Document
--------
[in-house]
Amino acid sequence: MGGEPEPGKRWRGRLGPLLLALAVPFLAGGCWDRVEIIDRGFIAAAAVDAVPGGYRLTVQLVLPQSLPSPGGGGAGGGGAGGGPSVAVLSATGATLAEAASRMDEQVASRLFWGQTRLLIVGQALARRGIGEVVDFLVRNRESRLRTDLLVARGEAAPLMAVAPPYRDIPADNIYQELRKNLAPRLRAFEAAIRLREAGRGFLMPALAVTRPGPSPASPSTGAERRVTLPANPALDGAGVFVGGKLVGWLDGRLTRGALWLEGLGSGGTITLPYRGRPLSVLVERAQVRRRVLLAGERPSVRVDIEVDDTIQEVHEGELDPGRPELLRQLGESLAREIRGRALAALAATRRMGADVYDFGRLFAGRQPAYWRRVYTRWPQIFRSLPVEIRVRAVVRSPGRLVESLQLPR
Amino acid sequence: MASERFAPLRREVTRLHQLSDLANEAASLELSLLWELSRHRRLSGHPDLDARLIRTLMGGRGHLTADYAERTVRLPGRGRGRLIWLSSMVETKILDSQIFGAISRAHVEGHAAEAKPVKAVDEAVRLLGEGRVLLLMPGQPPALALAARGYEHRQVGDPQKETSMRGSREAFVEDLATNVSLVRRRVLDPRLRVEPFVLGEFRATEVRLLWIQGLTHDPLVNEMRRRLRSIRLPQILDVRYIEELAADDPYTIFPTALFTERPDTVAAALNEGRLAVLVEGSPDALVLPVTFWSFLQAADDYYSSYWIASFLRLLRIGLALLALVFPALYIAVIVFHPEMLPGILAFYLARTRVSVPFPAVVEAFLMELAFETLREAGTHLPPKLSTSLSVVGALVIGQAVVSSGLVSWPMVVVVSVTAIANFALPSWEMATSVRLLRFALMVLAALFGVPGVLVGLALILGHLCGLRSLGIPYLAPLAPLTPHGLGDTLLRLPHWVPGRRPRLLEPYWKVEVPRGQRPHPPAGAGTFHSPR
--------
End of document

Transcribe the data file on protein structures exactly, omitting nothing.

[in-house]
Amino acid sequence: MGGEPEPGKRWRGRLGPLLLALAVPFLAGGCWDRVEIIDRGFIAAAAVDAVPGGYRLTVQLVLPQSLPSPGGGGAGGGGAGGGPSVAVLSATGATLAEAASRMDEQVASRLFWGQTRLLIVGQALARRGIGEVVDFLVRNRESRLRTDLLVARGEAAPLMAVAPPYRDIPADNIYQELRKNLAPRLRAFEAAIRLREAGRGFLMPALAVTRPGPSPASPSTGAERRVTLPANPALDGAGVFVGGKLVGWLDGRLTRGALWLEGLGSGGTITLPYRGRPLSVLVERAQVRRRVLLAGERPSVRVDIEVDDTIQEVHEGELDPGRPELLRQLGESLAREIRGRALAALAATRRMGADVYDFGRLFAGRQPAYWRRVYTRWPQIFRSLPVEIRVRAVVRSPGRLVESLQLPR
Amino acid sequence: MASERFAPLRREVTRLHQLSDLANEAASLELSLLWELSRHRRLSGHPDLDARLIRTLMGGRGHLTADYAERTVRLPGRGRGRLIWLSSMVETKILDSQIFGAISRAHVEGHAAEAKPVKAVDEAVRLLGEGRVLLLMPGQPPALALAARGYEHRQVGDPQKETSMRGSREAFVEDLATNVSLVRRRVLDPRLRVEPFVLGEFRATEVRLLWIQGLTHDPLVNEMRRRLRSIRLPQILDVRYIEELAADDPYTIFPTALFTERPDTVAAALNEGRLAVLVEGSPDALVLPVTFWSFLQAADDYYSSYWIASFLRLLRIGLALLALVFPALYIAVIVFHPEMLPGILAFYLARTRVSVPFPAVVEAFLMELAFETLREAGTHLPPKLSTSLSVVGALVIGQAVVSSGLVSWPMVVVVSVTAIANFALPSWEMATSVRLLRFALMVLAALFGVPGVLVGLALILGHLCGLRSLGIPYLAPLAPLTPHGLGDTLLRLPHWVPGRRPRLLEPYWKVEVPRGQRPHPPAGAGTFHSPR